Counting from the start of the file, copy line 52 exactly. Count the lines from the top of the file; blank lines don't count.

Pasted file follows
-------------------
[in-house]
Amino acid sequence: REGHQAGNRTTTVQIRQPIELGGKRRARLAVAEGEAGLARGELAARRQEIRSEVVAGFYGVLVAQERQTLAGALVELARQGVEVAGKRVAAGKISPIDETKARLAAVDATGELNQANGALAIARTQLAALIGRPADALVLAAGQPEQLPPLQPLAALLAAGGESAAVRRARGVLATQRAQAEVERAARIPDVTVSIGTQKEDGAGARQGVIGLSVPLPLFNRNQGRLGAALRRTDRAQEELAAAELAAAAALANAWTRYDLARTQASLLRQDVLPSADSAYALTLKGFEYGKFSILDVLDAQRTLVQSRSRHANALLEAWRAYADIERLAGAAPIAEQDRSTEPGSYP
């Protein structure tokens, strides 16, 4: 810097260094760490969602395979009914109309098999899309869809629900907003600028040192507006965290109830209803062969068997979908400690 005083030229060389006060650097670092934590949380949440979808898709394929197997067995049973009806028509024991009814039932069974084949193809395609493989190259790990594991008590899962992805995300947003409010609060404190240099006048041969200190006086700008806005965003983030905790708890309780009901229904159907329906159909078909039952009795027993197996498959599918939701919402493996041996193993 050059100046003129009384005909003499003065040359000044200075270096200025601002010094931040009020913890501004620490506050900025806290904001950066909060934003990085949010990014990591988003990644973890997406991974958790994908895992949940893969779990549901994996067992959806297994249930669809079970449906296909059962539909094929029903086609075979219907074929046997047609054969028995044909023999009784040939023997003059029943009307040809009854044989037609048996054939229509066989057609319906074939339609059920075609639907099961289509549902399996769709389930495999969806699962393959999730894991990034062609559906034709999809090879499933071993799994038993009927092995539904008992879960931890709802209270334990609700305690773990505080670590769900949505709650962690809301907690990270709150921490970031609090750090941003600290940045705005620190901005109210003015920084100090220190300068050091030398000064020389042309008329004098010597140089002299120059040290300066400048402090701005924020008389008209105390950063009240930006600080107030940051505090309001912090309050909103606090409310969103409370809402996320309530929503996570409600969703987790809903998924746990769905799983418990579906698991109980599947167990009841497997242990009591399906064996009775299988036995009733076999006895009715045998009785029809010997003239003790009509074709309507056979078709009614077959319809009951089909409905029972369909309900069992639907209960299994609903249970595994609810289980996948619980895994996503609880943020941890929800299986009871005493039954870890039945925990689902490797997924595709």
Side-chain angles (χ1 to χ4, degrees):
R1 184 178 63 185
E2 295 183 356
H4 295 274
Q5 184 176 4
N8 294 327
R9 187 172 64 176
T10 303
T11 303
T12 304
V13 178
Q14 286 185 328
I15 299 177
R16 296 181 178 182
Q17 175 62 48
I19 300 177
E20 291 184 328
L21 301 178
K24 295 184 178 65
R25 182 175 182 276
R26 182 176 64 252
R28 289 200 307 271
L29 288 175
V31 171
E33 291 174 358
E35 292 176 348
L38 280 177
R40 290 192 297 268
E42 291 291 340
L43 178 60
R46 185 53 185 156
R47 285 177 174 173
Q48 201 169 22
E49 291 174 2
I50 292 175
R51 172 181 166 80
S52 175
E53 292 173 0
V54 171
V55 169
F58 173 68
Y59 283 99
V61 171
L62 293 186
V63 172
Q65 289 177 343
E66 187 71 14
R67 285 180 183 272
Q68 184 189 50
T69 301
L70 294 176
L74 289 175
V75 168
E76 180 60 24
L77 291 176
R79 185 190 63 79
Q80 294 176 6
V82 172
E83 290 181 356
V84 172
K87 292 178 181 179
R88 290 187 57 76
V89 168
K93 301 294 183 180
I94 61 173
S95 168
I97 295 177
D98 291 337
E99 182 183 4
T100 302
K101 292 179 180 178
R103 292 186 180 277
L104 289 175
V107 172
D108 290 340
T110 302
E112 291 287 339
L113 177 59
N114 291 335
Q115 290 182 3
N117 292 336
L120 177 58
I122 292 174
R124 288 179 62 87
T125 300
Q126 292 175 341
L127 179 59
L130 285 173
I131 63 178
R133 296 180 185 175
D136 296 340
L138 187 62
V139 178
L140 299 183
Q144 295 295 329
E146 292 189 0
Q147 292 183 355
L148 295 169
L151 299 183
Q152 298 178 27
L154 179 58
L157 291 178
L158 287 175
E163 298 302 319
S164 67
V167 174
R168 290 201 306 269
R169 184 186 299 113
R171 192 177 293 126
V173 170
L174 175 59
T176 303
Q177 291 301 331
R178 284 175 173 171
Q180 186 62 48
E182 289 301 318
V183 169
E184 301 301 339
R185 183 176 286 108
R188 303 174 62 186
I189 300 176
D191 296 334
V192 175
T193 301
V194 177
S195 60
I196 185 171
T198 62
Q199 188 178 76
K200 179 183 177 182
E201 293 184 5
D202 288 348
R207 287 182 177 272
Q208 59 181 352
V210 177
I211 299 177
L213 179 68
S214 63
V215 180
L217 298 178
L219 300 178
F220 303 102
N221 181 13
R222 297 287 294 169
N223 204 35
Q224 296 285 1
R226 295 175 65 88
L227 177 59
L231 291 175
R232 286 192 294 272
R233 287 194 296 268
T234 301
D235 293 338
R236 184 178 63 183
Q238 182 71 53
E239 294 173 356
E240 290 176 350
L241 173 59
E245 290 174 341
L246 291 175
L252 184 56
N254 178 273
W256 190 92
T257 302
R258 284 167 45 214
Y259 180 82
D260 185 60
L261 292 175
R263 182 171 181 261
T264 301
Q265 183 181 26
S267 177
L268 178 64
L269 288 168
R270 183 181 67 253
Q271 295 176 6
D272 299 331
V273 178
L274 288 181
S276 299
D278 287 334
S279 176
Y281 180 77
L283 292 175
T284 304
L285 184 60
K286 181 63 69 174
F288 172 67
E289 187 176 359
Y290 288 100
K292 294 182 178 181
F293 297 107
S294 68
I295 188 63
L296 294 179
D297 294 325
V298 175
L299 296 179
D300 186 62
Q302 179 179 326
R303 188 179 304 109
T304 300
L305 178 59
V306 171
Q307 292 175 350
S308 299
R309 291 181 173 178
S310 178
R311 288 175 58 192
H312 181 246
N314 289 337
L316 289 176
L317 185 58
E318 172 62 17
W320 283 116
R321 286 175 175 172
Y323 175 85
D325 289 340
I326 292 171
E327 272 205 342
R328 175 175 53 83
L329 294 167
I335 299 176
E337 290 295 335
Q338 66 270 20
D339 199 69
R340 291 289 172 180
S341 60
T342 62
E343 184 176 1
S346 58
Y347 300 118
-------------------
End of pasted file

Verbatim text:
Q68 184 189 50